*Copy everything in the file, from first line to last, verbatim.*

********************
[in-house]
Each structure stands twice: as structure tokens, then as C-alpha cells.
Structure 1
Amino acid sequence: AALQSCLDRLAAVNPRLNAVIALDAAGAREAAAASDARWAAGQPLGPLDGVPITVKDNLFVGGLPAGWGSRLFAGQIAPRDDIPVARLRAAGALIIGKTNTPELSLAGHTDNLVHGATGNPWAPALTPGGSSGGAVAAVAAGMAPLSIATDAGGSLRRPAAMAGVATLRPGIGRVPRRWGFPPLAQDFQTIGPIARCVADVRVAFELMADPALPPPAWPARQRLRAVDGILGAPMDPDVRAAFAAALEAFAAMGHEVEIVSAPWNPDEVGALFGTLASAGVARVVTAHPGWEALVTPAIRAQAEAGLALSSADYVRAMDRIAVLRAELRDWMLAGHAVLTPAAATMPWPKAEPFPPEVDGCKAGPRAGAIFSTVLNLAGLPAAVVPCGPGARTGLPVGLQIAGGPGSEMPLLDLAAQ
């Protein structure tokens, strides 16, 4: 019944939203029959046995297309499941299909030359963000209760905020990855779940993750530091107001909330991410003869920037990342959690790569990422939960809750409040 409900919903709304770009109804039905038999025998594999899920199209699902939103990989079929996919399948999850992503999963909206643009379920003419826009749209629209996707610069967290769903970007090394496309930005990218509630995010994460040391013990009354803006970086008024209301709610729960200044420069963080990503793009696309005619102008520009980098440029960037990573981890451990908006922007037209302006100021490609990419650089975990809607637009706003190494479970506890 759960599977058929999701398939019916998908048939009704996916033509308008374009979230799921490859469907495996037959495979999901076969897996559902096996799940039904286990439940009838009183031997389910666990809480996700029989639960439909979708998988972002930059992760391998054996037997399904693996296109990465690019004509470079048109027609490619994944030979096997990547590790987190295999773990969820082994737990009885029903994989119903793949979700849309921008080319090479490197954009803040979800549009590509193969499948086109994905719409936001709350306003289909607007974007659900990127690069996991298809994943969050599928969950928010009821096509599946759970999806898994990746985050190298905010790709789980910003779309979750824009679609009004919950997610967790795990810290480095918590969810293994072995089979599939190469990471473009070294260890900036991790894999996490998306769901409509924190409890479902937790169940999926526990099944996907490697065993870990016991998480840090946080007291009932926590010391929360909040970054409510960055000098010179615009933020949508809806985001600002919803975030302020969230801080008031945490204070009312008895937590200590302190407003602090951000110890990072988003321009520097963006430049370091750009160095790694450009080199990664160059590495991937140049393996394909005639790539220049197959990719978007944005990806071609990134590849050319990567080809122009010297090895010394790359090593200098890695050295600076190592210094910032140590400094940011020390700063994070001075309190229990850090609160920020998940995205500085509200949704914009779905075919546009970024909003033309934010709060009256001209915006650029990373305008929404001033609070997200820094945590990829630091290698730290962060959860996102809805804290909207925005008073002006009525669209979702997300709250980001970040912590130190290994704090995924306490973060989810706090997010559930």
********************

[in-house]
Each structure stands twice: as structure tokens, then as C-alpha cells.
Structure 1
Amino acid sequence: AALQSCLDRLAAVNPRLNAVIALDAAGAREAAAASDARWAAGQPLGPLDGVPITVKDNLFVGGLPAGWGSRLFAGQIAPRDDIPVARLRAAGALIIGKTNTPELSLAGHTDNLVHGATGNPWAPALTPGGSSGGAVAAVAAGMAPLSIATDAGGSLRRPAAMAGVATLRPGIGRVPRRWGFPPLAQDFQTIGPIARCVADVRVAFELMADPALPPPAWPARQRLRAVDGILGAPMDPDVRAAFAAALEAFAAMGHEVEIVSAPWNPDEVGALFGTLASAGVARVVTAHPGWEALVTPAIRAQAEAGLALSSADYVRAMDRIAVLRAELRDWMLAGHAVLTPAAATMPWPKAEPFPPEVDGCKAGPRAGAIFSTVLNLAGLPAAVVPCGPGARTGLPVGLQIAGGPGSEMPLLDLAAQ
């Protein structure tokens, strides 16, 4: 019944939203029959046995297309499941299909030359963000209760905020990855779940993750530091107001909330991410003869920037990342959690790569990422939960809750409040 409900919903709304770009109804039905038999025998594999899920199209699902939103990989079929996919399948999850992503999963909206643009379920003419826009749209629209996707610069967290769903970007090394496309930005990218509630995010994460040391013990009354803006970086008024209301709610729960200044420069963080990503793009696309005619102008520009980098440029960037990573981890451990908006922007037209302006100021490609990419650089975990809607637009706003190494479970506890 759960599977058929999701398939019916998908048939009704996916033509308008374009979230799921490859469907495996037959495979999901076969897996559902096996799940039904286990439940009838009183031997389910666990809480996700029989639960439909979708998988972002930059992760391998054996037997399904693996296109990465690019004509470079048109027609490619994944030979096997990547590790987190295999773990969820082994737990009885029903994989119903793949979700849309921008080319090479490197954009803040979800549009590509193969499948086109994905719409936001709350306003289909607007974007659900990127690069996991298809994943969050599928969950928010009821096509599946759970999806898994990746985050190298905010790709789980910003779309979750824009679609009004919950997610967790795990810290480095918590969810293994072995089979599939190469990471473009070294260890900036991790894999996490998306769901409509924190409890479902937790169940999926526990099944996907490697065993870990016991998480840090946080007291009932926590010391929360909040970054409510960055000098010179615009933020949508809806985001600002919803975030302020969230801080008031945490204070009312008895937590200590302190407003602090951000110890990072988003321009520097963006430049370091750009160095790694450009080199990664160059590495991937140049393996394909005639790539220049197959990719978007944005990806071609990134590849050319990567080809122009010297090895010394790359090593200098890695050295600076190592210094910032140590400094940011020390700063994070001075309190229990850090609160920020998940995205500085509200949704914009779905075919546009970024909003033309934010709060009256001209915006650029990373305008929404001033609070997200820094945590990829630091290698730290962060959860996102809805804290909207925005008073002006009525669209979702997300709250980001970040912590130190290994704090995924306490973060989810706090997010559930």